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One of the more frequent lab requests that I make in my practice is for stool testing. Why? Because it tells me a lot about what is going on in a child’s gut, without drawing blood or going under anesthesia for endoscopy or colonoscopy. In fact, you may be able to get more action and traction from the findings of this type of test, than from having your child scoped – an invasive, expensive, and challenging procedure. In that sense, it’s a lot of bang for the buck, and easy to do. You don’t even have to tell your child the test is being done (see how below), or leave home.

Often parents tell me, “This test was already done. Everything was normal.”

Here’s the thing: If this was done by your gastroenterologist or pediatrician, chances are that only the most serious bad actors were screened. These are things like Giardia, Salmonella, Shigella, certain types of E. coli, microscopic parasites (or bigger ones), or Campylobacter. These are super nasty microbes that usually trigger obvious symptoms like diarrhea or fever. They can be present with chronic, non-specific symptoms too. Among kids in my practice with this work up already done, finding one of these is somewhat rare.

Does that mean there is no problem? No. The old adage “if you don’t look, it isn’t there” fits here. Stool analysis is no exception. There is much more to assess than whether or not your child has an egregious infection. FPIES, constipation, diarrhea, difficulty potty training, food allergies, growth and feeding problems and more are conditions that are responsive to and dependent on gut microbes, digestive capacity, inflammation, and more. Detailed stool testing can look at all this. Why doesn’t your doctor use it? Mostly, because insurance doesn’t always cover the more detailed testing.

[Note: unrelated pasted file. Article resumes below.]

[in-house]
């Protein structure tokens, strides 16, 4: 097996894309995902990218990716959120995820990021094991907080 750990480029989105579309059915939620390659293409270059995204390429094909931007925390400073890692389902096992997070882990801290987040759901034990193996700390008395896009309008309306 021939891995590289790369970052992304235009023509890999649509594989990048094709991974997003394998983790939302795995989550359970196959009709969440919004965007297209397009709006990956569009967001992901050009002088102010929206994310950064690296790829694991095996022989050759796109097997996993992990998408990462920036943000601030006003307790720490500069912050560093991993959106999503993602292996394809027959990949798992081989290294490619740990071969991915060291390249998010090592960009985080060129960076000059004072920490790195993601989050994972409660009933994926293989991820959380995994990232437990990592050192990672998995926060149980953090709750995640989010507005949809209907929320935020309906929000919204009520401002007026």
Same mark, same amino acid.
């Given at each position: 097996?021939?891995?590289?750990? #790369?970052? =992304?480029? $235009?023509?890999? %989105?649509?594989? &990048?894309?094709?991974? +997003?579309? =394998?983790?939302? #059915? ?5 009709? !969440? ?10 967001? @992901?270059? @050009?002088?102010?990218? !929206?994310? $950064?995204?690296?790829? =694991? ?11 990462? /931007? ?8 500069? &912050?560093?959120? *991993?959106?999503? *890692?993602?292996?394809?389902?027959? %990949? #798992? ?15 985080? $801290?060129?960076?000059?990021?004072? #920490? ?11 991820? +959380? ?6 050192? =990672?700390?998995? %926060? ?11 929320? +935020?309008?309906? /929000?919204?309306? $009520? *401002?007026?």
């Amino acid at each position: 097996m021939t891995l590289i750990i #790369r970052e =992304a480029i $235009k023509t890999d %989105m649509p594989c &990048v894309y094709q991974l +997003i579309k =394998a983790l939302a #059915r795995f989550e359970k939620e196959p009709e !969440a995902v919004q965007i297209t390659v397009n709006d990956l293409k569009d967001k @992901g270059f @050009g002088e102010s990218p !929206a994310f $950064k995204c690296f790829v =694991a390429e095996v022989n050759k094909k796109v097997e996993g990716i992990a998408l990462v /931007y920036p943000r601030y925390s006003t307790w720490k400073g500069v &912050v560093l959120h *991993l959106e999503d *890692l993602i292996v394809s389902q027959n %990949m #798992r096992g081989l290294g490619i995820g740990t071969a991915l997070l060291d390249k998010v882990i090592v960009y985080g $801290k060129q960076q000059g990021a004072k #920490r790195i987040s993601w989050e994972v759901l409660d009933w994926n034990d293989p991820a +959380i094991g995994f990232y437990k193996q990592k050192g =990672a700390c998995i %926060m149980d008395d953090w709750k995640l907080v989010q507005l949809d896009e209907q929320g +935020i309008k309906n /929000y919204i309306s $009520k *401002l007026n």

I’ve relied on this often to explore why a child is belly-bloated, has hiccups or reflux, won’t grow well, won’t each much, has unbeatable sugar cravings, or is painfully constipated. Stool testing in this realm includes assessing the profile of beneficial bacteria too, which can guide the use of probiotic supplements as well as foods to support healthier gut terrain.

This isn’t just for kids with active GI symptoms, pain, bloating and so on. It’s also a critical path tool for kids struggling with behavior.

Kids who have conduct disorders, anxiety, OCD, perseveration, volatility or even depression may have a gut biome that drives all of these problems. This is not new, or fringe theory; more and more evidence is piling up to support the gut-brain link. I have witnessed countless cases of this, and seen “psychiatric” features evaporate, with assessment of the gut biome environment followed by a targeted intervention to redirect it. Diet, probiotics, herbs and other supplements can help do this; in some cases, prescriptions for antibiotics, parasites, or antifungals might be needed.